• Correction: Check fuel transfer pump pressure. Test fuel transfer pump.
  • Cause: Malfunction occurring with the fuel transfer (lift) pump.
  • Correction: A diagnostic trouble code would have been triggered. Refer to powertrain diagnostic procedures in service manual.
  • Cause: Incorrect intake/exhaust valve adjustment, possibly too tight.
  • Correction: Refer to standard procedures for exhaust valve and seats in service manual.
  • Cause: Malfunctioning intake manifold air temperature sensor.
  • Correction: A diagnostic trouble code would have been triggered (check engine light). Use a diagnostic scan tool to pull trouble codes.
  • Cause: During cold weather the intake manifold heater elements are not working properly.
  • Correction: Refer to factory service manual under NTC test in powertrain diagnostic procedures. It should be noted, a malfunctioning heater element will not trigger a diagnostic trouble code.
  • Cause: Possible internal engine damage, such as a scuffed cylinder.
  • Correction: Carefully inspect engine oil and oil filter for signs of damage, such as excessive metal particles.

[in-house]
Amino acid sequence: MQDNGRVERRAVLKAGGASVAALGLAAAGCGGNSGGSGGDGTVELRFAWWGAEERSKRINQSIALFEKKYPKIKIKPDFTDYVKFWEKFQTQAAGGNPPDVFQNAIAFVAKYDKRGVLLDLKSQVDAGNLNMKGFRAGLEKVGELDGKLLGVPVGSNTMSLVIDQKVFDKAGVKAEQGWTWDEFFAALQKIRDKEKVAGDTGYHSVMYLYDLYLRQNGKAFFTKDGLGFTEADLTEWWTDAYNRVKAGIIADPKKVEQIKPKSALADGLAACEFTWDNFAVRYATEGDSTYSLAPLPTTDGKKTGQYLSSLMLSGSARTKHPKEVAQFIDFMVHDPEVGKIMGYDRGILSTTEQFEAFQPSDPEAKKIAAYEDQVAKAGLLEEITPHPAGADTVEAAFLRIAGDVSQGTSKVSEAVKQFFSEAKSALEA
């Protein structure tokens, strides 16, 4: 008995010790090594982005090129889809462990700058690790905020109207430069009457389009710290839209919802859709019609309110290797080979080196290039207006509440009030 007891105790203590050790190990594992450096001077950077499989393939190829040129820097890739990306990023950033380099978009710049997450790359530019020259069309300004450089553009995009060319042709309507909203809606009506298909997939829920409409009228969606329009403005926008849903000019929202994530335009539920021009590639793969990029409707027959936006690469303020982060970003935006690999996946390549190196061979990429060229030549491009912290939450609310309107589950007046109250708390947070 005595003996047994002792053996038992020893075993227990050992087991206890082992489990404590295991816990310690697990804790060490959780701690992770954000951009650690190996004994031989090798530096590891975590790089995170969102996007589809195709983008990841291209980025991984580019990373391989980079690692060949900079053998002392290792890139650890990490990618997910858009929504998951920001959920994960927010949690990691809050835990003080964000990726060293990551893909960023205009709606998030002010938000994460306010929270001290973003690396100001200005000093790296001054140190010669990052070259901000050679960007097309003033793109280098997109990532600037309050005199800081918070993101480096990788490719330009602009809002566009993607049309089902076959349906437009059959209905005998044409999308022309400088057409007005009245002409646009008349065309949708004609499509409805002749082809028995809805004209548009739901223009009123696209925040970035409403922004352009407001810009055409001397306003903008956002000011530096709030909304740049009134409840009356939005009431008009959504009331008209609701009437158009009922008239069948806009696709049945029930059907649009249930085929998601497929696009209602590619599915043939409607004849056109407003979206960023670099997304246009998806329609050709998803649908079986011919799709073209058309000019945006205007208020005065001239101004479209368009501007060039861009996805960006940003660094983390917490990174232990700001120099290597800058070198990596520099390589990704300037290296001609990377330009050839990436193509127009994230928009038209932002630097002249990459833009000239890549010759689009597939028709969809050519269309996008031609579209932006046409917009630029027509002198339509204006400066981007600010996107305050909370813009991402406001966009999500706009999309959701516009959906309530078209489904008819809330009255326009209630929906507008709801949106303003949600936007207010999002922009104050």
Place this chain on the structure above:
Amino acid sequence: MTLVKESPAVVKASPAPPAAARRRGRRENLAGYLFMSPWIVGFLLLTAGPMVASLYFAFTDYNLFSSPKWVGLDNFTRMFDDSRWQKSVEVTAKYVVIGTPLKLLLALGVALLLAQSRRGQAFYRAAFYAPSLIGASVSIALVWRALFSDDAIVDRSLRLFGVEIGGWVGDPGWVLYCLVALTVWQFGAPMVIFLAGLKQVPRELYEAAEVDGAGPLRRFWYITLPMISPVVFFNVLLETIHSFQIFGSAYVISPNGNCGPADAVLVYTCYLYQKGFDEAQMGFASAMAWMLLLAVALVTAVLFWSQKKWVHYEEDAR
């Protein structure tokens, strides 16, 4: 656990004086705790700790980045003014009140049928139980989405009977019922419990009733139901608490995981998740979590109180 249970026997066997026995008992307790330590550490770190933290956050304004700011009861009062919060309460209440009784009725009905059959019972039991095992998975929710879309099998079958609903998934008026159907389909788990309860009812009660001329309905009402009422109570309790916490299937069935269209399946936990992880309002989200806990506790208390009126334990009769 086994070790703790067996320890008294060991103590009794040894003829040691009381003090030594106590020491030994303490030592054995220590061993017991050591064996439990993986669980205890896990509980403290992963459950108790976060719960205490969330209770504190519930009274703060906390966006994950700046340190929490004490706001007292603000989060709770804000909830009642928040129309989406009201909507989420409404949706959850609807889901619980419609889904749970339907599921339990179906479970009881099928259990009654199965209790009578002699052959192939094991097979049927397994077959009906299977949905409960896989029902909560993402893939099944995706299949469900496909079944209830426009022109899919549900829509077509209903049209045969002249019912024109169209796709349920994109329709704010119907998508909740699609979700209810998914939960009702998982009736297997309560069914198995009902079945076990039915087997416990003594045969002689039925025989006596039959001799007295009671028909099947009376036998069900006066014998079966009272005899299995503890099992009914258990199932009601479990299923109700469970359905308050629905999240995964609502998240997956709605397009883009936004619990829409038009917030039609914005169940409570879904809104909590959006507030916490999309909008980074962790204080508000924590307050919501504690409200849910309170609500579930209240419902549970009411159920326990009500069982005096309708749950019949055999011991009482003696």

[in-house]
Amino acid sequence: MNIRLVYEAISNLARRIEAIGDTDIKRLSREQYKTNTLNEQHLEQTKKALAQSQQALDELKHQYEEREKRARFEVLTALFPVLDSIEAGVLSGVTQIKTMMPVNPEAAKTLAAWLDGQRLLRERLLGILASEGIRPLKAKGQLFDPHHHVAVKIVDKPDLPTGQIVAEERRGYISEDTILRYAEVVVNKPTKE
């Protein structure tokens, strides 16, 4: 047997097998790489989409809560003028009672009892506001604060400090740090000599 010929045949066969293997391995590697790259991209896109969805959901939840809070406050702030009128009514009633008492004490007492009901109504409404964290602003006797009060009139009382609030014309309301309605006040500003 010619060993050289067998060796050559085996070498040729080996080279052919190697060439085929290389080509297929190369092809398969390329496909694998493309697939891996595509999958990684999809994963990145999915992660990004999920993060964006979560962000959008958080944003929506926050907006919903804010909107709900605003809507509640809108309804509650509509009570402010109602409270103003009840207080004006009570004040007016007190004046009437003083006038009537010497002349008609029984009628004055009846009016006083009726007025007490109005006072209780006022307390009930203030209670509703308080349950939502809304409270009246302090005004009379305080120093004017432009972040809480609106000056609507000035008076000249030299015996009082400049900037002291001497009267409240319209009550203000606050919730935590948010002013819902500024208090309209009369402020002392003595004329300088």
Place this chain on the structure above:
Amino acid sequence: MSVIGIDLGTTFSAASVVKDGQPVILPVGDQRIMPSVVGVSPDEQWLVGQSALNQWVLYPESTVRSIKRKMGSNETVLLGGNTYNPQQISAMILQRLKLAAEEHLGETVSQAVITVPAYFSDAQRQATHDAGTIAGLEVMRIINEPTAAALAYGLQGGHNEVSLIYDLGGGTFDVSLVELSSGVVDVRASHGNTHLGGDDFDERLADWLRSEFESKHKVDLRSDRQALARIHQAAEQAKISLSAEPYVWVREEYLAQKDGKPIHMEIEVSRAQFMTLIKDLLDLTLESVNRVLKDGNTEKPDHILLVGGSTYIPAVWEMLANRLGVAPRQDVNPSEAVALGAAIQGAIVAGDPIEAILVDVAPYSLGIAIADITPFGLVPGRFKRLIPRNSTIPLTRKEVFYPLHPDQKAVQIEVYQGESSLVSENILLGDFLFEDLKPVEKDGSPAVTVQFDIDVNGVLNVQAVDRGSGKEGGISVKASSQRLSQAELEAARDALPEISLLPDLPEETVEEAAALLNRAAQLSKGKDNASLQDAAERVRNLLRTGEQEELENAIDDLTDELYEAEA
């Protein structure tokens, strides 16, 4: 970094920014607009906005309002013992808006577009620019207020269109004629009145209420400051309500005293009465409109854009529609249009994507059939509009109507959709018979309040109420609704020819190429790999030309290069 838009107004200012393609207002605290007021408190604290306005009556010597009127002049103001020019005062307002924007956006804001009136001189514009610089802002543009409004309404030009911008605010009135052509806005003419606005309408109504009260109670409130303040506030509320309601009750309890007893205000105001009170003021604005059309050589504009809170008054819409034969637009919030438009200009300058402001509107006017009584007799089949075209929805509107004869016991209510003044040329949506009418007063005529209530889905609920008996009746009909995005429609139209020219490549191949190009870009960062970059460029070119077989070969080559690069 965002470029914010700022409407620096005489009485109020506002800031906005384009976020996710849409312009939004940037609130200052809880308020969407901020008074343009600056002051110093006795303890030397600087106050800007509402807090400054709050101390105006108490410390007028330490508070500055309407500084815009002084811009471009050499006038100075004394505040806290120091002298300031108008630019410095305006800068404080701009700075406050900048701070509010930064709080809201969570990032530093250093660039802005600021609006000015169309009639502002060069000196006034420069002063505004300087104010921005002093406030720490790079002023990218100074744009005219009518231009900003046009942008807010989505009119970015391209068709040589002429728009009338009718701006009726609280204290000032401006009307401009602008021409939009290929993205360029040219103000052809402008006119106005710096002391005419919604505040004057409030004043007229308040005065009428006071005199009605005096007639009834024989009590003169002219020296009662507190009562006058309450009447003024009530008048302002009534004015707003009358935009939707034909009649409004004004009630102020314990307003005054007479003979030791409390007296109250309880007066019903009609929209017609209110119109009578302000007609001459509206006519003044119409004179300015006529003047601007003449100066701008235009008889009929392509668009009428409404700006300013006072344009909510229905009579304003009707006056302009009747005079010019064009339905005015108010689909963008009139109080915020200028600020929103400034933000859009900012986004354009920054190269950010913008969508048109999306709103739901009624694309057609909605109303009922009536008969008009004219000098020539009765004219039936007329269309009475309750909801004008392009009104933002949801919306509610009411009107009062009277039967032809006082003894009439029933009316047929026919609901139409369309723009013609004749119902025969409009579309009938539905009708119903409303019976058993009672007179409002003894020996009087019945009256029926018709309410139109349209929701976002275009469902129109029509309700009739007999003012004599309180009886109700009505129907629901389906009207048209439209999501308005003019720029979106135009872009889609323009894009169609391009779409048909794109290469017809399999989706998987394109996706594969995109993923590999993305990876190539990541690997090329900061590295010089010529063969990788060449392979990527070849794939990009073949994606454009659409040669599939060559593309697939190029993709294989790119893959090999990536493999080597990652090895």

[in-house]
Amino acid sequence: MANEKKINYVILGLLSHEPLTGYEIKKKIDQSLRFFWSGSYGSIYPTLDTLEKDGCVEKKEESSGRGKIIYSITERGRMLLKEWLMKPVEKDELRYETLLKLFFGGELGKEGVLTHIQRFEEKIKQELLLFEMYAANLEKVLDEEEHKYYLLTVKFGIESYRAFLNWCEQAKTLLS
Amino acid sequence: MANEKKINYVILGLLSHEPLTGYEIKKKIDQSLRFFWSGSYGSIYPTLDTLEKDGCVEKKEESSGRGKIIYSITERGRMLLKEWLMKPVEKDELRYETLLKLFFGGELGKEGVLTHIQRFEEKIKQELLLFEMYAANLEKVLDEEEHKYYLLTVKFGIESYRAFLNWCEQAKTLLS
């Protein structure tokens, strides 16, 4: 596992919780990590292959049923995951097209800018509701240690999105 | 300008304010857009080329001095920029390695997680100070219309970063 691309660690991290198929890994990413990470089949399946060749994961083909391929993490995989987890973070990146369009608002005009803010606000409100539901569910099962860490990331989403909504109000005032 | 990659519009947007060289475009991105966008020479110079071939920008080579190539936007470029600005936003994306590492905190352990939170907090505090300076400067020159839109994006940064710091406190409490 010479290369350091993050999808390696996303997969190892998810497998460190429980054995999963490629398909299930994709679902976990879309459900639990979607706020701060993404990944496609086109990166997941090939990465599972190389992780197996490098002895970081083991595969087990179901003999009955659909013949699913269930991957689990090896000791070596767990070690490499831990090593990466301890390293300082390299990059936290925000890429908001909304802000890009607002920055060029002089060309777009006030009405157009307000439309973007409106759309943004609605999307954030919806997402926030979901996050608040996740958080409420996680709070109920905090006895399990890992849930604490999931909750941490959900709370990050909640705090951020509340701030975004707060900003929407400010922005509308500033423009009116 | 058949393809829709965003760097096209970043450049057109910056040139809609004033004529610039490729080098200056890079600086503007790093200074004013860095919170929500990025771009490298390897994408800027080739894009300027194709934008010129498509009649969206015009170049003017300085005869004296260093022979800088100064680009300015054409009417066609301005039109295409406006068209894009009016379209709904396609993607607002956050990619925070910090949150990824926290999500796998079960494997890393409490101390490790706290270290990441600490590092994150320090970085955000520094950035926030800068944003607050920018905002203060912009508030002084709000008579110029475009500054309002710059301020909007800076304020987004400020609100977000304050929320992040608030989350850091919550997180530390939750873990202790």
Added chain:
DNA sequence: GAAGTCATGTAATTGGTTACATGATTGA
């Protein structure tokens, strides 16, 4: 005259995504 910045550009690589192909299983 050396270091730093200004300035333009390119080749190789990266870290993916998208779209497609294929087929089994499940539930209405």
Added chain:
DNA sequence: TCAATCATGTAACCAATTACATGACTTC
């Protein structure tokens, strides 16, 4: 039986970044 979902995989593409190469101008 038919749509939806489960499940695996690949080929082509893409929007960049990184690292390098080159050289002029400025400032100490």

• Cause: Restriction existing in fuel supply side of fuel system.
  • Correction: Test fuel transfer pump pressure. Refer to factory service manual for testing procedures.
  • Cause: Static timing incorrect.
  • Correction: Improper static timing will trigger a diagnostic trouble code (DTC). Use diagnostic scan tool to pull trouble codes.
  • Cause: Air in fuel supply. Inspect fuel supply side for leakage (the area between fuel tank module and transfer pump).
  • Correction: Refer to fuel system and fuel transfer pump testing and diagnosis and factory repair manual.
  • Cause: Possibly coolant leaking into the engine’s combustion chamber.
  • Correction: Perform a pressure test of the coolant system.
  • Cause: DTC’s active or multiple, intermittent diagnostic trouble codes.
  • Correction: Use diagnostic trouble scan tool to pull codes. Refer to powertrain diagnostic procedures information in factory service manual.
  • Cause: Engine block heater is not working correctly during very cold ambient temperatures. Note, not all models are equipped with a engine block heater.
  • Correction: Remove and replace engine block heater. 
  • Cause: Engine coolant temperature sensors not working properly.
  • Correction: Check thermostat for correct operation. Also, a diagnostic trouble code will have been triggered. See factory service manual for diagnostic service procedures.
  • Cause: Engine Control Module (ECM) improperly calibrated or not calibrated.
  • Correction: This will trigger a diagnostic trouble code. Use a diagnostic scan tool to pull trouble codes.
  • Cause: Fuel filter blockage.
  • Correction: Perform a fuel pressure drop test. Also refer to fuel transfer pump testing and diagnostic procedures in factory service manual.
  • Cause: Bad fuel, incorrect fuel grade or poor quality fuel.
  • Correction: Temporarily switch to a different fuel brand and note any changes in performance. If noticeable differences are seen, change brand.